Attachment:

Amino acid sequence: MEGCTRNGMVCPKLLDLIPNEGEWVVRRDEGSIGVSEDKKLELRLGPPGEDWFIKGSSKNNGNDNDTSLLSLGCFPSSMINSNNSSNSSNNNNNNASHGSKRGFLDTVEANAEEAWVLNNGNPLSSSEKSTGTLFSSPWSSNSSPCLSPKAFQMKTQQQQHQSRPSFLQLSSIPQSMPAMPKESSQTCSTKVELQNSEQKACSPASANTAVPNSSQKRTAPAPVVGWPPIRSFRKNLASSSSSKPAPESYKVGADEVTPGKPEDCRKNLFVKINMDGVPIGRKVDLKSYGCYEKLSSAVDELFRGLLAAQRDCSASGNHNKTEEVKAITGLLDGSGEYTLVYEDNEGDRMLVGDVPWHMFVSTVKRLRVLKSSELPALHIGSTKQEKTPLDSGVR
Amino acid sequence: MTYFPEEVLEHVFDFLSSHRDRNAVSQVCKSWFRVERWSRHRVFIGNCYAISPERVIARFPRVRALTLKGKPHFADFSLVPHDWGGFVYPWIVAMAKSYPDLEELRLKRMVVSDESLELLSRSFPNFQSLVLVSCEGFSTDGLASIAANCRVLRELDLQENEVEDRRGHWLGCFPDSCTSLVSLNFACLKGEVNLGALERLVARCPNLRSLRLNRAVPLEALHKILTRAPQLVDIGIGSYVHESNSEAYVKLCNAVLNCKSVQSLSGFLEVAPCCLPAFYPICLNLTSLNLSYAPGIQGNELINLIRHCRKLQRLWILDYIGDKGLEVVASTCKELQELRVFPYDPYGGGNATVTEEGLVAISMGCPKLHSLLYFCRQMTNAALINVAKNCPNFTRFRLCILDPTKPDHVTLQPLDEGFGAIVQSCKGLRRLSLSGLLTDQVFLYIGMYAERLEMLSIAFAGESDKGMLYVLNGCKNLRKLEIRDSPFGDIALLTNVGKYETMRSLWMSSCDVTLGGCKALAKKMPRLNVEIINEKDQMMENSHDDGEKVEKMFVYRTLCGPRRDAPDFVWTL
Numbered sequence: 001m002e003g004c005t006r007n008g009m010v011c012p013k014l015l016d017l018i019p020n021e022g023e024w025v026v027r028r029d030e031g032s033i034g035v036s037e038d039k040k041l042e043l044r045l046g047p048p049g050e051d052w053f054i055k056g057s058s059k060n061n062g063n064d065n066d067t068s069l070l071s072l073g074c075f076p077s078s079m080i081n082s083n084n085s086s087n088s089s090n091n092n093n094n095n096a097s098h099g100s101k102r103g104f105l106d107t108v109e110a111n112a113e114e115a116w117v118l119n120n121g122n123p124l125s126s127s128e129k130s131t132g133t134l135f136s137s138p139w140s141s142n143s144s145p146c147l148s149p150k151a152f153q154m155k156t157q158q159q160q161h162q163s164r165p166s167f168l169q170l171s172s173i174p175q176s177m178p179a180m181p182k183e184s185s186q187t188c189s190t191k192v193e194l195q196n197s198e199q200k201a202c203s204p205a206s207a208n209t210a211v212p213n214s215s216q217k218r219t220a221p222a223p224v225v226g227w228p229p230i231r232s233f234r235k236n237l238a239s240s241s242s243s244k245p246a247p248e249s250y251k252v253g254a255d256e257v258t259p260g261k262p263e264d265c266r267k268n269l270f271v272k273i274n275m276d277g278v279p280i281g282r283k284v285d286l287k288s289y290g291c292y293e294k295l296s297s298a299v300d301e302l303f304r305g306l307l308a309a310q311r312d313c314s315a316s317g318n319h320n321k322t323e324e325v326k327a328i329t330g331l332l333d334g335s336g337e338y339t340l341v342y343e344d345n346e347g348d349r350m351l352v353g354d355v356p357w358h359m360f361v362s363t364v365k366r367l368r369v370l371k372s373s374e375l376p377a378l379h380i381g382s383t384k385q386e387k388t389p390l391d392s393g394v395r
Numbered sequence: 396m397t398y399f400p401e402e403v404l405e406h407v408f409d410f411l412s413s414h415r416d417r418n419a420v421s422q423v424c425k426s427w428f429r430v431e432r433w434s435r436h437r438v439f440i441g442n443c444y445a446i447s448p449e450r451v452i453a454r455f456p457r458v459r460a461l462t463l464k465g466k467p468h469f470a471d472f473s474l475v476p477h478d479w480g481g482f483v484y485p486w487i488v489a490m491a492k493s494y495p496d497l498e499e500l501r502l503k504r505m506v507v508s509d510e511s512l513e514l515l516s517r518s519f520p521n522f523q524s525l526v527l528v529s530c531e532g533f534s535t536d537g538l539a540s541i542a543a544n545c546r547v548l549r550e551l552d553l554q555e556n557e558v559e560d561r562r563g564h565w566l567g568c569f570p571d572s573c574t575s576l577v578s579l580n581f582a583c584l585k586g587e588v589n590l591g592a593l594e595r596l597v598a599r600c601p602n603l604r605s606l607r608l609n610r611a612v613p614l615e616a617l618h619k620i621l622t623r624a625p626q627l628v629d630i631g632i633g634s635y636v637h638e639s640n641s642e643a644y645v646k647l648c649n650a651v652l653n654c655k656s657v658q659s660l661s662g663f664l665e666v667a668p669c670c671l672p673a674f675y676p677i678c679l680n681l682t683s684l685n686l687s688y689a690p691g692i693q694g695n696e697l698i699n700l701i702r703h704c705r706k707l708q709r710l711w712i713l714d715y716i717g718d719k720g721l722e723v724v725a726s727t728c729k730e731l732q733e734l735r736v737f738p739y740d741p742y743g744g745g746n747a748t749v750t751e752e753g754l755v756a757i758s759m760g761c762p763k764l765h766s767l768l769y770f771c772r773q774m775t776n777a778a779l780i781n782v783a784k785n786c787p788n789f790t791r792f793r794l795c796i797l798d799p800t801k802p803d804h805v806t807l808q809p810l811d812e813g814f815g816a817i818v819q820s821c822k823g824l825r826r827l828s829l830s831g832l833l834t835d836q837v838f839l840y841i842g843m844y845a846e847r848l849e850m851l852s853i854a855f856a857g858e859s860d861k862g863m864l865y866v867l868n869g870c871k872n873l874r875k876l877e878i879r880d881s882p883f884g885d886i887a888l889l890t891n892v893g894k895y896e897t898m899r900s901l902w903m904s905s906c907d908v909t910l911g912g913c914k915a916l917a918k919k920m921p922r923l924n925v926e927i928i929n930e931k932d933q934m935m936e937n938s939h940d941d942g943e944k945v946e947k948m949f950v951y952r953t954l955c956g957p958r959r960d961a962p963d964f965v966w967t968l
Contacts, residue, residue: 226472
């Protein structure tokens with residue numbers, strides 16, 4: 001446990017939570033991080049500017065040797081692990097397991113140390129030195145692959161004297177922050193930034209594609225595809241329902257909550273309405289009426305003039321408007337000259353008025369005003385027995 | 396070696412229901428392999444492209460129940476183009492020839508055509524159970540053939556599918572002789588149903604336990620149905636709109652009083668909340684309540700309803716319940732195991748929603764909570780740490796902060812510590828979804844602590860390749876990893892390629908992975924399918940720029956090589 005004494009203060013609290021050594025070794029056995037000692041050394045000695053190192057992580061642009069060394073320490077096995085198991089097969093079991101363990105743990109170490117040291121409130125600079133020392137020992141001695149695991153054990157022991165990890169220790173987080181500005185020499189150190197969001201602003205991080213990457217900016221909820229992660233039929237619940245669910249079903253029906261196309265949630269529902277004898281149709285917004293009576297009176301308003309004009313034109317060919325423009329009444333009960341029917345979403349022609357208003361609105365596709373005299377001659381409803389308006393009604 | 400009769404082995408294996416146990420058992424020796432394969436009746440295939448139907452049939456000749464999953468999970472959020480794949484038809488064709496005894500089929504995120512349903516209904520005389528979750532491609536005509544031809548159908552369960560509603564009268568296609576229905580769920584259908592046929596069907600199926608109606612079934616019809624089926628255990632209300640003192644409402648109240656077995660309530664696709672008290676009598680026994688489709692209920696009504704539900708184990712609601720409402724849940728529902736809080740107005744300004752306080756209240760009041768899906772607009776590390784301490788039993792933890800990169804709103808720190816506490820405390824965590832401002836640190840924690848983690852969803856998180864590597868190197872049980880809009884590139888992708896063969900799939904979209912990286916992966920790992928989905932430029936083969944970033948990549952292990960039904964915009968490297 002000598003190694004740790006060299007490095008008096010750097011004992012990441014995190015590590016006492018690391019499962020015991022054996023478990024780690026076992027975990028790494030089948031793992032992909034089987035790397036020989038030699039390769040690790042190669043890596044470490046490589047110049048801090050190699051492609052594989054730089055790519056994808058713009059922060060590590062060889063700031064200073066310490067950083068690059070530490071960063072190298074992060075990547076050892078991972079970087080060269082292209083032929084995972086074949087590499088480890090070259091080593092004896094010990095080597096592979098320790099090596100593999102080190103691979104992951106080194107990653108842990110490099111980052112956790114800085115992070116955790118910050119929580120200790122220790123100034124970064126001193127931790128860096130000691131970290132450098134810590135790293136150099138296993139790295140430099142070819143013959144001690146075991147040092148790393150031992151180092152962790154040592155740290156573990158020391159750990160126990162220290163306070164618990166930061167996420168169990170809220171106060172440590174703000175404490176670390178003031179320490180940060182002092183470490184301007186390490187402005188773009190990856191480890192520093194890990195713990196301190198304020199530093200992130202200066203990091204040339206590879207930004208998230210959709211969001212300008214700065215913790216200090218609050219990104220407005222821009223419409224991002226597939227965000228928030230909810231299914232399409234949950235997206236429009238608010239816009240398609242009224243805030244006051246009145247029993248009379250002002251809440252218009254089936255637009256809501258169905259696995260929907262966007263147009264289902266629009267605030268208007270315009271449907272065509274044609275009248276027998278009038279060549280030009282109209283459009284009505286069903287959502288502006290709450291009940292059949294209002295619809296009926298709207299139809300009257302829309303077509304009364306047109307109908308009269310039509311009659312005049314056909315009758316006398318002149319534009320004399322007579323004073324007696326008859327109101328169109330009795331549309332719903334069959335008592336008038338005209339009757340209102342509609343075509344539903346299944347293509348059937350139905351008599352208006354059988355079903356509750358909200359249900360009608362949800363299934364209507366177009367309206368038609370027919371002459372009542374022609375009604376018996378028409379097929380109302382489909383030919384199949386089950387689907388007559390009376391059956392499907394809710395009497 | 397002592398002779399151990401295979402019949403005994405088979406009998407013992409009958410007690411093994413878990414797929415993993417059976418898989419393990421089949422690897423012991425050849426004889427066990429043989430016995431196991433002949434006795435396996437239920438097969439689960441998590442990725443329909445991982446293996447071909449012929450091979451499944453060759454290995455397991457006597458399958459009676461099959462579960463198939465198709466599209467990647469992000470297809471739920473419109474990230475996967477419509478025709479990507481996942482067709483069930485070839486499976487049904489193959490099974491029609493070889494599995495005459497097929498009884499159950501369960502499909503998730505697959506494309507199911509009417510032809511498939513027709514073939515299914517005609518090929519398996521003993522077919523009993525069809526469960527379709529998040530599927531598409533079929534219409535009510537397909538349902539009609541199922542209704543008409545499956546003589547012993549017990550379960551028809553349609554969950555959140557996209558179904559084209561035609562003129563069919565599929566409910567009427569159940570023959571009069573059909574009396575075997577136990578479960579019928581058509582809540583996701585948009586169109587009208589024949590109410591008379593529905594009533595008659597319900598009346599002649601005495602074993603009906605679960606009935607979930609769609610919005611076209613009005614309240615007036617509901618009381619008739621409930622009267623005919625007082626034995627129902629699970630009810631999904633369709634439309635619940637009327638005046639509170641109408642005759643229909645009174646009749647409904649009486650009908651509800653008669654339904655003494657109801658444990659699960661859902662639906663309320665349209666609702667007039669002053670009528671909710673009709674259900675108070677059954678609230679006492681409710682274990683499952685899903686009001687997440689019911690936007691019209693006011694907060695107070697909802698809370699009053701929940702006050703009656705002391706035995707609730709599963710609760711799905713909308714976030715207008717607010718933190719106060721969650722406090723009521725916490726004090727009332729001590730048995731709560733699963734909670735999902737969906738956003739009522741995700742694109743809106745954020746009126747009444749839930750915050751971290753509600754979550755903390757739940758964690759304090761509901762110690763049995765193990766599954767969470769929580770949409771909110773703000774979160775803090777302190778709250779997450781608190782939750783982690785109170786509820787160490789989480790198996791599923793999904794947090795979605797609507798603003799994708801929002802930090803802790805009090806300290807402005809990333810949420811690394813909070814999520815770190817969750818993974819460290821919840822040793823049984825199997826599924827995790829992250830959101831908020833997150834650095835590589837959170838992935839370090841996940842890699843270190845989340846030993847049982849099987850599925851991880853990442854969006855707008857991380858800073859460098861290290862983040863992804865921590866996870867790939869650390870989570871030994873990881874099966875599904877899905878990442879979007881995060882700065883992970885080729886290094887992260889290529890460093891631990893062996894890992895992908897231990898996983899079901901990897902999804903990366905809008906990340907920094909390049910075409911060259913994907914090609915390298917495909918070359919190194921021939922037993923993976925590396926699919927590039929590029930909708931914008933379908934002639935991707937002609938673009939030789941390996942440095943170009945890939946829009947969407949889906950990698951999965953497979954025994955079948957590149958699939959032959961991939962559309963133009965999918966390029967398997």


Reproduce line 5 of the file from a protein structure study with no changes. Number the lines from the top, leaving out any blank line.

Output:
Contacts, residue, residue: 226472